in which for no reason other than pure whimsy and succulence itself, we behold the fig—to my taste, the essence of autumn, and the finest fruit borne from the boughs of any earthly tree….


few are the foods for which i churn an honest-to-goodness hankering. foods that might wake me up in the night, and turn my tummy to growling. the fig of october is one such specimen. i am not one to dream of cakes, couldn’t care less for a mousse, and turn up my nose at anything chocolate (yes, yes, i count these among my mis-wirings). and while there are foods aplenty that i eat day after day—broccoli, apples, nonfat greek yogurt, frozen bananas (the banal list of a thoroughly unadventurous eater)—rare is the edible that stirs me from stupor or slumber, yearning to nibble. (midway through wednesday’s yom kippur fast, and deep in my recent string of high-fevered days, i found myself longing for even one succulent fig. and that’s when i knew i needed to compose a commonplace ode to the Ficus carica, a fruit ancient and timeless.)

yes, rare is the fig, which i pile on my plate but for one short season a year. well before we get to its taste, the way it melts across the tongue and glides down the gulch with a honeyed-sweetness all along the way, i find the fig a mouthwateringly beautiful object, a bulbous aubergine orb, streaked with brushstrokes of plum and sienna. and that’s only the outside. 

to split the fig from its umbilical nub into quarters is to expose its sumptuous flesh, densely seeded, nearly R-rated. it’s no wonder renaissance painters often found ways to tuck a fig into the frame (almost a where’s waldo of painterly fruits). inside or out, it’s summa botanica.

it’s a fruit at the root of all the world’s religions. did not adam and eve reach for the leaf of the fig the very instant they realized their nakedness? the original pasties, i suppose. even now, the fig leaf is the very symbol of flimsy modesty, of shabbily covering that which shames or embarrasses but which is more or less in plain sight anyway. hardly shamefully, the fig was the tree that shaded Siddhartha Guatama for the 49 days during which he enlightened his way toward becoming the Buddha. his fig tree was the Bo, or Bodhi—Ficus religiosa, a species known to grow ninety feet tall and live for two thousand years, and whose leaves are shaped like hearts. 

for the more than the nine thousand years the fig has heavied boughs in the global garden, it’s been considered a “keystone species,” one critical to the survival of a disproportionately large chunk of an ecosystem, and without which that ecosystem would be drastically changed. no fewer than twelve hundred different kinds of animals depend on figs, including one-tenth of the world’s birds, and, yes, a certain wasp that takes its name from the fleshy fruit, the diminutive fig wasp.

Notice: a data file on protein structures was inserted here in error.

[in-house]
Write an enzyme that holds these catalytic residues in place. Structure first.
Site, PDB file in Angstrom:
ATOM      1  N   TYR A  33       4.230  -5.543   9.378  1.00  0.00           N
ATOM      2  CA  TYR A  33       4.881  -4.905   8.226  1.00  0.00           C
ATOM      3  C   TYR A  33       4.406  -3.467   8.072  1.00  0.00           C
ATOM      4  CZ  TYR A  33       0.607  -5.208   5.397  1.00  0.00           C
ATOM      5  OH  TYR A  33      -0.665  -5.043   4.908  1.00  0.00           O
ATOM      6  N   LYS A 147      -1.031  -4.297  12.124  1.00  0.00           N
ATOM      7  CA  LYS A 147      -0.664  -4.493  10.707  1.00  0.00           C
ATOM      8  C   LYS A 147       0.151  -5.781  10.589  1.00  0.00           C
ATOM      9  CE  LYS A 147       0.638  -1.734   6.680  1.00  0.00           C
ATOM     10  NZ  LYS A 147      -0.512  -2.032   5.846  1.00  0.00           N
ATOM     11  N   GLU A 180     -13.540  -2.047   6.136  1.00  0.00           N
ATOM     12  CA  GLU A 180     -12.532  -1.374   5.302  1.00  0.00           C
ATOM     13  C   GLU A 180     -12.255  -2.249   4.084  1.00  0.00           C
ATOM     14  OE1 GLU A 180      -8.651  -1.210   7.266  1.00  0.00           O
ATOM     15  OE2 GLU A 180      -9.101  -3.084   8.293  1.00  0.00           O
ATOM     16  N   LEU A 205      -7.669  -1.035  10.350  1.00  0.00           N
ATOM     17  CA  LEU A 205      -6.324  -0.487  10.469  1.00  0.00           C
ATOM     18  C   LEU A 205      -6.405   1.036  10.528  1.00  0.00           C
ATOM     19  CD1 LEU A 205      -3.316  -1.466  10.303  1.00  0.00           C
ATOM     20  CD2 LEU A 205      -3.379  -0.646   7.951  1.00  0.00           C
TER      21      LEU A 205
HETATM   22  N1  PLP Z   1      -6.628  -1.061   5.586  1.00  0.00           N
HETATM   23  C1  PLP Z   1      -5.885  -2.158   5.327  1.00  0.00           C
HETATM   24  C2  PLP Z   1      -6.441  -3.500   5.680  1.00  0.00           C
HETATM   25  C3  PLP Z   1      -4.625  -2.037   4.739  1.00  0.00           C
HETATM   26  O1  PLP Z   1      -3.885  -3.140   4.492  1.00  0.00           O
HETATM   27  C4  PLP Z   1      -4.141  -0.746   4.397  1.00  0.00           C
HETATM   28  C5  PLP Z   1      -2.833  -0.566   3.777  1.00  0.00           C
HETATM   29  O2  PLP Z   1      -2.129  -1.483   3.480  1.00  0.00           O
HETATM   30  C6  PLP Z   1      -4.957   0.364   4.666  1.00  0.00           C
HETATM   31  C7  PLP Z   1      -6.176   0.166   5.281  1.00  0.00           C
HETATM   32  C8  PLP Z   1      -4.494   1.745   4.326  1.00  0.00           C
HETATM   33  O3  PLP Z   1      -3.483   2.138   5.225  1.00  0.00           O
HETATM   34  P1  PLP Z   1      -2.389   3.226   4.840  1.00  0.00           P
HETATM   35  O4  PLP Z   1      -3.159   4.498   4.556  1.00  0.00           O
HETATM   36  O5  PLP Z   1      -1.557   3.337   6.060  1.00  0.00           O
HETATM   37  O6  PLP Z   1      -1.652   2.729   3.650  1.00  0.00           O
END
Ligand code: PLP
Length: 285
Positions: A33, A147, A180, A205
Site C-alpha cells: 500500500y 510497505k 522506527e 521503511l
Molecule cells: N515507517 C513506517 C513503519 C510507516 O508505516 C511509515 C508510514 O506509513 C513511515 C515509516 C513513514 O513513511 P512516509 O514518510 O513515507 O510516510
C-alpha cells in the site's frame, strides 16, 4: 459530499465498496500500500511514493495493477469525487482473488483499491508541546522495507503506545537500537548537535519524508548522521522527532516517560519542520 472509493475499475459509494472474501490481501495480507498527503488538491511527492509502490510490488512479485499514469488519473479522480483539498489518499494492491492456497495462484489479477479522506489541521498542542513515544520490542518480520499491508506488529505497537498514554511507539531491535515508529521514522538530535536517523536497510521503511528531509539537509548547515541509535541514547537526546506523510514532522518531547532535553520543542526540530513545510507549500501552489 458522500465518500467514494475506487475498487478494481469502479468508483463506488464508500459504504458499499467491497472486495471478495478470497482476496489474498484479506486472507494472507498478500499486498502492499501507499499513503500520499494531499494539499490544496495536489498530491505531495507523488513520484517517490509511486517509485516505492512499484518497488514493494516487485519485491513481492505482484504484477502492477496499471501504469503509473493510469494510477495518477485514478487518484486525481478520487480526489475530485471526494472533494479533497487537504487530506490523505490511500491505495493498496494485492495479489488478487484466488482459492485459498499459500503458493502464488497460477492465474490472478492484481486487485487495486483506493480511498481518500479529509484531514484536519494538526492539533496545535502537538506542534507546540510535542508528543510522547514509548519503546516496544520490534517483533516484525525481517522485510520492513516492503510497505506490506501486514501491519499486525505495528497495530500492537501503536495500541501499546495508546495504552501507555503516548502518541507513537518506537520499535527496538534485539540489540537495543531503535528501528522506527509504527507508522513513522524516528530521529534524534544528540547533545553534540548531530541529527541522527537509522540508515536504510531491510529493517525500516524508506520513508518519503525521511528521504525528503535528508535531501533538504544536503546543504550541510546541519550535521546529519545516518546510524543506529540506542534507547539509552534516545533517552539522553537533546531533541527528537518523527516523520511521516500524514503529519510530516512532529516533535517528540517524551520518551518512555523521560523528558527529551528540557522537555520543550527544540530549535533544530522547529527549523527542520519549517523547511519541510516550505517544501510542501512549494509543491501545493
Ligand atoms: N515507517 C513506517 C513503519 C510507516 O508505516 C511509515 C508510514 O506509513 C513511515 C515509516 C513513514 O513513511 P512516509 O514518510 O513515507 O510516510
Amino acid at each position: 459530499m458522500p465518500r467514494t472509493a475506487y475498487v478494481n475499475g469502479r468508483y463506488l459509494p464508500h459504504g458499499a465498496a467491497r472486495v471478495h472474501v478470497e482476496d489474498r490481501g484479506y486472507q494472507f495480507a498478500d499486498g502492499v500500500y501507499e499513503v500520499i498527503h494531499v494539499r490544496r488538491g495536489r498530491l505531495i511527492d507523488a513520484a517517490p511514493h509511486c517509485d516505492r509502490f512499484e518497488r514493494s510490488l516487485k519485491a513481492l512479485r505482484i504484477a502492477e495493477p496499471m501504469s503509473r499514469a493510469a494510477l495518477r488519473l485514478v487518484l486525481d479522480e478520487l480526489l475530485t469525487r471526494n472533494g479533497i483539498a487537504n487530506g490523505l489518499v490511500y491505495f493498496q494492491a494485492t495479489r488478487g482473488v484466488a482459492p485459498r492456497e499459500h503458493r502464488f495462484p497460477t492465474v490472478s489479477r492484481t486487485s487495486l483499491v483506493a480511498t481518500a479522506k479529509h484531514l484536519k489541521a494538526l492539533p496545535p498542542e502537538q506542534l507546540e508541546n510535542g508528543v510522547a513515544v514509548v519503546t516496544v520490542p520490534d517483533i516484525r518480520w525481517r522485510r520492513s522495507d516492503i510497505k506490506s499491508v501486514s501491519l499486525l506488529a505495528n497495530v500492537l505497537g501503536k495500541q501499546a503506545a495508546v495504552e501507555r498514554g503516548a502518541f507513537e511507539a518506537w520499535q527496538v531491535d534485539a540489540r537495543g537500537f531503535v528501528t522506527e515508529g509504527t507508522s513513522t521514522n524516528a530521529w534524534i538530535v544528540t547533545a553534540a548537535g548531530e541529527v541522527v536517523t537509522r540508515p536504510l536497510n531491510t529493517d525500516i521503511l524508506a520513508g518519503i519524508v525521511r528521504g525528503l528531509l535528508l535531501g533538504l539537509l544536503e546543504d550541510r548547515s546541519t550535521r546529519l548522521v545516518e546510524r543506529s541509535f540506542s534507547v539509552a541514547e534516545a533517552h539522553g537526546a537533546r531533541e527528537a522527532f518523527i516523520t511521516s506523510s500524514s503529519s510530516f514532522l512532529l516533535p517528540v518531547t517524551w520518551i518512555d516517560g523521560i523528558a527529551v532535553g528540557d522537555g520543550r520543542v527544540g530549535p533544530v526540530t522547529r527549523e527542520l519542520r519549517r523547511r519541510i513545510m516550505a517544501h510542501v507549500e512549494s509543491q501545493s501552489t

you might be surprised to know that figs are actually inside-out flowers, hundreds of flowers trapped inside that aubergine casing. and if perhaps, as a young child, you were scared off from figs because someone told you that if you bit into it you’d be biting into a dead wasp wedged inside, here’s the real story:

the female fig wasp, dusted with pollen from her own birth inside yet another fig, wriggles her way into an unripe fig by way of the opening at the round base, called the ostiole, whereby stripping off her wings in the process. (imagine a piling of itty-bitty diaphanous wasp wings there at the base of every wild fig tree.) she is a wee waspy thing—roughly the size of the tip of a pencil or crayon (an aubergine crayon perhaps, from the original 64-color crayolas that stand as pert bright-colored soldiers all in their rows)—and she lives for only two days, during which she is duty- and DNA-bound to safely penetrate the fig and lay her eggs among the tiny flowers, thus pollinating the flowers. she dies shortly after. (fear not, the enzymes of the fruit dissolve what’s left of the wee wasp; and fear even less because nearly all figs you might find in the fruit bin these days have been domestically produced, and are not of the wild waspy variety.) of the juice left behind, post waspiness, pliny the elder termed it “the best food that can be taken by those who are brought low by long sickness.” (case in point: my febrile hankering.)